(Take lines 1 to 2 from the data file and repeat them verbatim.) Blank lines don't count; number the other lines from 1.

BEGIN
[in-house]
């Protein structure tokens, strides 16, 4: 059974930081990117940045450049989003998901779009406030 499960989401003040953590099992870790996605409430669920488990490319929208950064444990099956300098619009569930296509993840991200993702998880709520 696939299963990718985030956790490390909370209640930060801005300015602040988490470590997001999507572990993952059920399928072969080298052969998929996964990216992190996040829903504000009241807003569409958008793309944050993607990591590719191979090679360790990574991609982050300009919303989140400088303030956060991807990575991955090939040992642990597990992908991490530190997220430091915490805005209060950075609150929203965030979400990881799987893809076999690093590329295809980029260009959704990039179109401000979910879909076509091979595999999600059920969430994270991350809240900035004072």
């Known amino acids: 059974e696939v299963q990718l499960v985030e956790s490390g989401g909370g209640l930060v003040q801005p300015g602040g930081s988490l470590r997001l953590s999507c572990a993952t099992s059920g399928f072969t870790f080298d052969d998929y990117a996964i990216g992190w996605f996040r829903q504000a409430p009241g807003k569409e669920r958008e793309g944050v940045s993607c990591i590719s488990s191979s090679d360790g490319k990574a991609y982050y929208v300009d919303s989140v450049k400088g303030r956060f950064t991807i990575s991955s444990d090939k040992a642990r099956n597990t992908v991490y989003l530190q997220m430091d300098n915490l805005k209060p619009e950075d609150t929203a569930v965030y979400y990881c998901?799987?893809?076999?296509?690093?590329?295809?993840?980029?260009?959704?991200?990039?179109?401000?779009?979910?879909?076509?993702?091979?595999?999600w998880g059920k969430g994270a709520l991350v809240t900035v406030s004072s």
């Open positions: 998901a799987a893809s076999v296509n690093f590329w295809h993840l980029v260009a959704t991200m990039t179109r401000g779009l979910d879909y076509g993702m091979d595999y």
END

[in-house]
């Protein structure tokens, strides 16, 4: 059974930081990117940045450049989003998901779009406030 499960989401003040953590099992870790996605409430669920488990490319929208950064444990099956300098619009569930296509993840991200993702998880709520 696939299963990718985030956790490390909370209640930060801005300015602040988490470590997001999507572990993952059920399928072969080298052969998929996964990216992190996040829903504000009241807003569409958008793309944050993607990591590719191979090679360790990574991609982050300009919303989140400088303030956060991807990575991955090939040992642990597990992908991490530190997220430091915490805005209060950075609150929203965030979400990881799987893809076999690093590329295809980029260009959704990039179109401000979910879909076509091979595999999600059920969430994270991350809240900035004072």